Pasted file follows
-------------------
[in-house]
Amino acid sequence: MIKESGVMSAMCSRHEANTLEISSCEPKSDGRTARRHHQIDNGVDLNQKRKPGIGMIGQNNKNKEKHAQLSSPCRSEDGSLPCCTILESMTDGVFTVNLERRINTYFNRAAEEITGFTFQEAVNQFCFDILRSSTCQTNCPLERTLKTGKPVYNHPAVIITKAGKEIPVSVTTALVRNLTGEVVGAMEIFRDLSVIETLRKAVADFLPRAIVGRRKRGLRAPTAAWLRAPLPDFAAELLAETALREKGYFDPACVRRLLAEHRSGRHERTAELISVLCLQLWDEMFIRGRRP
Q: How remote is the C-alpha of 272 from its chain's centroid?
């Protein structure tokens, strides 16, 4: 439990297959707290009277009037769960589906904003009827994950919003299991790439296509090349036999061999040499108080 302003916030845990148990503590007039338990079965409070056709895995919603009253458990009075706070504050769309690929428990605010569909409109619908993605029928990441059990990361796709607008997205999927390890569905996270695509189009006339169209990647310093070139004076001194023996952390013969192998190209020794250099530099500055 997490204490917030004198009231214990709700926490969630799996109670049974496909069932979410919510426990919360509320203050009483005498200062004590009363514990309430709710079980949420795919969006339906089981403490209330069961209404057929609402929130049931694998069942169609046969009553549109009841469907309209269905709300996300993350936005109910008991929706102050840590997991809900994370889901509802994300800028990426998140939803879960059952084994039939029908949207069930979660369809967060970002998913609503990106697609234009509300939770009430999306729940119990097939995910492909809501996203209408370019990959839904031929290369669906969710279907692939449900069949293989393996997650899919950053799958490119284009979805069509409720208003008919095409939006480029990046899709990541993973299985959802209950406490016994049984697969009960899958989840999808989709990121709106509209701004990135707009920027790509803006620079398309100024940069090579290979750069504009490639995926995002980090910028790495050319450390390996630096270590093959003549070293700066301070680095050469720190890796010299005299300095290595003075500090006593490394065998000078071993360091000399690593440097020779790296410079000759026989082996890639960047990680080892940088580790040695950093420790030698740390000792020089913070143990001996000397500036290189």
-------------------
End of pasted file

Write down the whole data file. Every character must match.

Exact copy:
[in-house]
Amino acid sequence: MIKESGVMSAMCSRHEANTLEISSCEPKSDGRTARRHHQIDNGVDLNQKRKPGIGMIGQNNKNKEKHAQLSSPCRSEDGSLPCCTILESMTDGVFTVNLERRINTYFNRAAEEITGFTFQEAVNQFCFDILRSSTCQTNCPLERTLKTGKPVYNHPAVIITKAGKEIPVSVTTALVRNLTGEVVGAMEIFRDLSVIETLRKAVADFLPRAIVGRRKRGLRAPTAAWLRAPLPDFAAELLAETALREKGYFDPACVRRLLAEHRSGRHERTAELISVLCLQLWDEMFIRGRRP
Q: How remote is the C-alpha of 272 from its chain's centroid?
């Protein structure tokens, strides 16, 4: 439990297959707290009277009037769960589906904003009827994950919003299991790439296509090349036999061999040499108080 302003916030845990148990503590007039338990079965409070056709895995919603009253458990009075706070504050769309690929428990605010569909409109619908993605029928990441059990990361796709607008997205999927390890569905996270695509189009006339169209990647310093070139004076001194023996952390013969192998190209020794250099530099500055 997490204490917030004198009231214990709700926490969630799996109670049974496909069932979410919510426990919360509320203050009483005498200062004590009363514990309430709710079980949420795919969006339906089981403490209330069961209404057929609402929130049931694998069942169609046969009553549109009841469907309209269905709300996300993350936005109910008991929706102050840590997991809900994370889901509802994300800028990426998140939803879960059952084994039939029908949207069930979660369809967060970002998913609503990106697609234009509300939770009430999306729940119990097939995910492909809501996203209408370019990959839904031929290369669906969710279907692939449900069949293989393996997650899919950053799958490119284009979805069509409720208003008919095409939006480029990046899709990541993973299985959802209950406490016994049984697969009960899958989840999808989709990121709106509209701004990135707009920027790509803006620079398309100024940069090579290979750069504009490639995926995002980090910028790495050319450390390996630096270590093959003549070293700066301070680095050469720190890796010299005299300095290595003075500090006593490394065998000078071993360091000399690593440097020779790296410079000759026989082996890639960047990680080892940088580790040695950093420790030698740390000792020089913070143990001996000397500036290189």